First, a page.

My book of poetry, "Stripping- My fight to find Me" is a story of the triumph of the human spirit. It is a story of our deep need for connection and the infinite power of love to heal.

I am energy. I am infinity. But I am also a poet, author, artist. wife, mother, sleep doctor, and attachment and complex childhood trauma survivor. I healed only when I understood I was broken, not a victim. I learnt that everything I needed was within me. And that my inner life was the essence and driving force of my existence.

Where did Self Love Self Care First® come from?

I needed to find meaning in my suffering so I kept thinking, “What truth did I come out of this journey with? How can I share what I know in forms other than what I receive through my poetry? What is the most foundational and fundamental truth about human existence that I discovered to be true in my suffering? That is where SLSCF® comes from.

I discovered that if we do not know our truth, we cannot love ourselves. The pain and suffering of our lives, the false external messages about life, success and achievement that we receive, and the projections and imposed expectations of others we are subjected to, mangle our truth, distract us from our destined path, and cut deep into our body, mind, and soul. They cause us to not pay attention to ourselves, and to how we live our lives. These feelings and beliefs descend into our unconscious and become habitual patterns that hijack our lives.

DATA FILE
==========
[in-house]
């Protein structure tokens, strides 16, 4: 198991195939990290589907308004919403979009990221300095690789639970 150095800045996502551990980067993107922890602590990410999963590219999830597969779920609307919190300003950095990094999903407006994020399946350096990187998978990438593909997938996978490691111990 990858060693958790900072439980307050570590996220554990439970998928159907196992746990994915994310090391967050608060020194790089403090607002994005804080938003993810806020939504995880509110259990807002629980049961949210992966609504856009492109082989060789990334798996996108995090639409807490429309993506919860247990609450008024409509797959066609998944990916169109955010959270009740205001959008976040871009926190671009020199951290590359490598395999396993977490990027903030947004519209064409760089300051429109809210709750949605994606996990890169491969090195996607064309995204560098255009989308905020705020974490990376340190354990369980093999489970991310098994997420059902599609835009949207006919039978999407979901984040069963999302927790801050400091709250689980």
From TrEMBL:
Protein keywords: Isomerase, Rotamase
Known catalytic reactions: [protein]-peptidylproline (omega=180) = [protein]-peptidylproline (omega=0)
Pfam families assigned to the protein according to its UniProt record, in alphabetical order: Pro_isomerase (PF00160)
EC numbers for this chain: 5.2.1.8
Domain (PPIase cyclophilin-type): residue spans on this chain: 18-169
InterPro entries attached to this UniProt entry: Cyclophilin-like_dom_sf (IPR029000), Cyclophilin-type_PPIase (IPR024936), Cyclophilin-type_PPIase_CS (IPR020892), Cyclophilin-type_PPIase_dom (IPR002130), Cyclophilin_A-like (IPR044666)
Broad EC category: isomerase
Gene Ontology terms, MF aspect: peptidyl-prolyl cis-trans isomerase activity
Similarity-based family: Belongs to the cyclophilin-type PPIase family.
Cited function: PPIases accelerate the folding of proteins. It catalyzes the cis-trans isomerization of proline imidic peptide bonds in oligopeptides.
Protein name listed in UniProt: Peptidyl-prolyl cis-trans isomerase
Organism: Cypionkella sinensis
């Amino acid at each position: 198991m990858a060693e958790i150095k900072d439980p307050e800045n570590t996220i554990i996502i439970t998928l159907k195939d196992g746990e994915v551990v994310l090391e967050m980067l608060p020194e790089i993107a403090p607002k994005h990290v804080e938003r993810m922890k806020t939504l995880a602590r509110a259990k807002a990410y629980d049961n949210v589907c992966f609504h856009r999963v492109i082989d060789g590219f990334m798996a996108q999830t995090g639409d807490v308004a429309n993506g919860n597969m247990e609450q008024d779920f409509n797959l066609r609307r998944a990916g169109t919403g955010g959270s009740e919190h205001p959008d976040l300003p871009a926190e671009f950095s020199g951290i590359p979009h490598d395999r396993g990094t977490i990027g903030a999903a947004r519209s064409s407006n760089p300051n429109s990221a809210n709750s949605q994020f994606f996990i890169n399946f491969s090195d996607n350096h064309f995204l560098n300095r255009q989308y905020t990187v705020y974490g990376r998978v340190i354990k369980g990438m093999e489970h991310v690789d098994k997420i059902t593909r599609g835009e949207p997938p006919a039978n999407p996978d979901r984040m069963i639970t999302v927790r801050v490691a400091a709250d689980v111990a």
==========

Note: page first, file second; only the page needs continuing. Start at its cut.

SelfLoveSelfCareFirst® is the journey of truthful self-examination and acceptance of our truth. Only when we are ready to find value, love, and compassion for our true selves do we begin to live free.

This blog is a celebration of love, stillness, growth, joy, discovery, and the truth. The conversation is honest, the topics are varied, the perspectives are from many angles, but the common thread weaving the discussions together is Self Love Self Care First®.

You are not moving towards any light. There is no light out there. It is inside you. You must move inwards- not outwards to look for it. No one can guide you there. Only you can give yourself the permission to embark on this journey. Only you can reclaim yourself.

Your freedom is in your hands.


Wednesday, March 8, 2023

Silently Suffering Men- Are you One of Them?


It's Sunita here.

There are many studies that convincingly demonstrate that the impact of ACEs (childhood trauma) has definite gender differences but my blog is not about statistics or studies.